Tuesday, September 18, 2007
Current Dilemma in a Westernized Global Society
For the global strategists. much time is wasted in traffic jams and waiting in lines. In the 90's telecommuting was considered to be the solution. The problem was that there was no tangible answer to this dilemma.
It is only a matter of time, that telecommuting will be the accepted protocol for running an organization.
If the companies are going to properly telecommute, they will need to learn how to collaborate without borders. With our Compass AE methodology, the project teams can collaborate without borders.
The first step is finding people who can telecommute and operate as a team without any managerial oversight.
Distant team collaboration becomes tangible. With the current availability of web conferencing technology and information systems, project teams no longer need to meet at a central location. Members usually operate at home, client's office and coffee shops with web access. They connect and collaborate with each other with their Tangible Vision.
More information on Compass AE and Tangible Vision can be found in this blog.
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September 18, 2007
Traffic Congestion Is Getting Worse, Study Says
By ANAHAD O’CONNOR
Mayor Michael R. Bloomberg’s congestion pricing plan may be facing harsh criticism from opponents these days, but the findings of a new national study offer a sobering wake-up call: drivers who commute between New York, New Jersey and Connecticut are wasting more time and money sitting in traffic than ever before.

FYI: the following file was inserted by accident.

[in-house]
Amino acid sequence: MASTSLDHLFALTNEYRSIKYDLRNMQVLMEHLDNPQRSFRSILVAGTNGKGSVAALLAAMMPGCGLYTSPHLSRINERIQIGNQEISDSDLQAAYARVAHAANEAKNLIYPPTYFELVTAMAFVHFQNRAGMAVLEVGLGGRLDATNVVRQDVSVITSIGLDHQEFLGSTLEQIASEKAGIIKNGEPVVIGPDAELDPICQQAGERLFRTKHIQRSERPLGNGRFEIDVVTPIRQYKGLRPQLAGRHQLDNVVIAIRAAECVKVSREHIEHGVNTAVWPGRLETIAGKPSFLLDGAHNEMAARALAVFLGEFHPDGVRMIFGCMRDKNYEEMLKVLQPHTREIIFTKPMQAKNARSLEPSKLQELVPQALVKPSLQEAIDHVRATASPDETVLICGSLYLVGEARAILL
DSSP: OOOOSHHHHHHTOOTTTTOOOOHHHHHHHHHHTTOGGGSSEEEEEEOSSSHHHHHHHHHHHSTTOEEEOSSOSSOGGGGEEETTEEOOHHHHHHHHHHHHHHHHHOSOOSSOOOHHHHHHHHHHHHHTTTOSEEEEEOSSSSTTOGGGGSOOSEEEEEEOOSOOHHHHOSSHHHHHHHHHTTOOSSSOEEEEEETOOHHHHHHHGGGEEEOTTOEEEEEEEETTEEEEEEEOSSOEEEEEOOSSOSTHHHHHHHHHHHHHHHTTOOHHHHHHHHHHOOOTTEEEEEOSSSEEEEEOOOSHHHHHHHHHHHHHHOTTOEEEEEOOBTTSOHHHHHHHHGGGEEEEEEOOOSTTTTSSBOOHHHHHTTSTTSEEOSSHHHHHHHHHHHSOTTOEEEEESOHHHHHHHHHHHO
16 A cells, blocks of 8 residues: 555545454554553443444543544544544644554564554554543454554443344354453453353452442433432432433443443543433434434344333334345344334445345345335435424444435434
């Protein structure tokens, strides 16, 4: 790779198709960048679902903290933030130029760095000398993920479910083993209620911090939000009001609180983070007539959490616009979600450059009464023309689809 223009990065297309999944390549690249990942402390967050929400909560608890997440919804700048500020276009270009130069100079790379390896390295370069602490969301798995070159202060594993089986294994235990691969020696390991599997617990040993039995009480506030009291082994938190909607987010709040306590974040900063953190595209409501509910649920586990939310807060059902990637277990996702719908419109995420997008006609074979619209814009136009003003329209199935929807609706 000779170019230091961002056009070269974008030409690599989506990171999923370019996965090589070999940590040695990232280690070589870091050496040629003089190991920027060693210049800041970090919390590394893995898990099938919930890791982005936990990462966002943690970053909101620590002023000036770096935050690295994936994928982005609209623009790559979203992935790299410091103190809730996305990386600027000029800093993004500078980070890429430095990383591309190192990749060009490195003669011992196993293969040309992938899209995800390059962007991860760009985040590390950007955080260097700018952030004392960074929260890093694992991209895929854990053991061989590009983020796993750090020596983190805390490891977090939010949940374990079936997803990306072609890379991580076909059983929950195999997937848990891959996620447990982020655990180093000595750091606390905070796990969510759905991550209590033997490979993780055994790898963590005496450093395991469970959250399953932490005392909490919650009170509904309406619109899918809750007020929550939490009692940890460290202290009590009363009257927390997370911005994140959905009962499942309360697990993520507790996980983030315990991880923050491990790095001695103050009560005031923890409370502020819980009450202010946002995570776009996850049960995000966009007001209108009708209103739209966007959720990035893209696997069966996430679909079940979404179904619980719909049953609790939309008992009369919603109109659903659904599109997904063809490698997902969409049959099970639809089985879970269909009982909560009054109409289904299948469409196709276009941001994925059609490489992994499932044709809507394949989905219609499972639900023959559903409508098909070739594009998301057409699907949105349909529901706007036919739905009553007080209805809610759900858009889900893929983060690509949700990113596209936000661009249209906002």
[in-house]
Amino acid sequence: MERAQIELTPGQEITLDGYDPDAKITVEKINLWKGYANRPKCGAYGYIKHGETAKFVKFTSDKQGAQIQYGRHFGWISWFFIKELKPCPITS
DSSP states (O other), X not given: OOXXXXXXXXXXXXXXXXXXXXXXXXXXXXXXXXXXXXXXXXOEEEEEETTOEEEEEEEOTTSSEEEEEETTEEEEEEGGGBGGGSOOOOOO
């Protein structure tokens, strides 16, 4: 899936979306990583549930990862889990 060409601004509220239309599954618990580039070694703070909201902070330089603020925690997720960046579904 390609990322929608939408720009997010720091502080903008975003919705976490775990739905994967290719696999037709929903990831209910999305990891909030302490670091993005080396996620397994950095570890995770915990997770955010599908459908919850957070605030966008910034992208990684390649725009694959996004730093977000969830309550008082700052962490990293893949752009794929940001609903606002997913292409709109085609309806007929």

According to the new study, the average motorist in the Tri-State area spent about 46 hours bogged down in rush-hour traffic in 2005, up from an average of only 15 hours two decades ago in 1985. Those 46 hours are the equivalent of six full work days, seven night’s of sleep, or five days of school — all of them wasted on roads and highways because of accidents, delays and the sheer volume of cars on the road.
But the report had other grim news as well. Besides spending more time in traffic, the average motorist is also spending more money, a total in 2005 of an extra $888 in lost time and added fuel consumption. That’s up from $784 in 2004, and $660 in 2003 — a relatively rapid increase. Nationwide, New York ranked No. 33 in this category in 1985; now it is No. 18.
The findings are likely to become grist for Mayor Bloomberg and those looking for a lift to his congestion pricing plan, which would charge a fee to drivers entering the busiest parts of Manhattan. In August, the federal government awarded the city $354 million to implement the plan, but that amount fell short of the roughly $550 million that Mayor Bloomberg had requested. The plan has also faced opposition from the City Council and the State Legislature, two groups that must approve the plan in order for the city to receive the federal money.
The new report, which looks at traffic trends across the country, was conducted by researchers at the Texas Transportation Institute and financed by the federal Department of Transportation. Over all, it found that the average amount of time wasted in rush-hour traffic nationwide has mushroomed from 14 hours in 1982 — the first year the study looks at — to 38 hours in 2005.
While the plight of motorists in the Tri-State area has worsened steadily since 1982, they have not fared as badly as drivers in California. In Los Angeles and Orange Counties, which earned the worst ranking, drivers wasted an average of 72 hours in rush hour traffic in 2005, and suffered $1,374 in lost time and added fuel consumption.
Los Angeles and Orange Counties have ranked No. 1 in the category of wasted travel time every of the study except 1984, when they were ranked No. 2. By comparison, the Tri-State area commute ranked No. 5 in 2005, and No. 15 in 1982.
Copyright 2007 The New York Times Company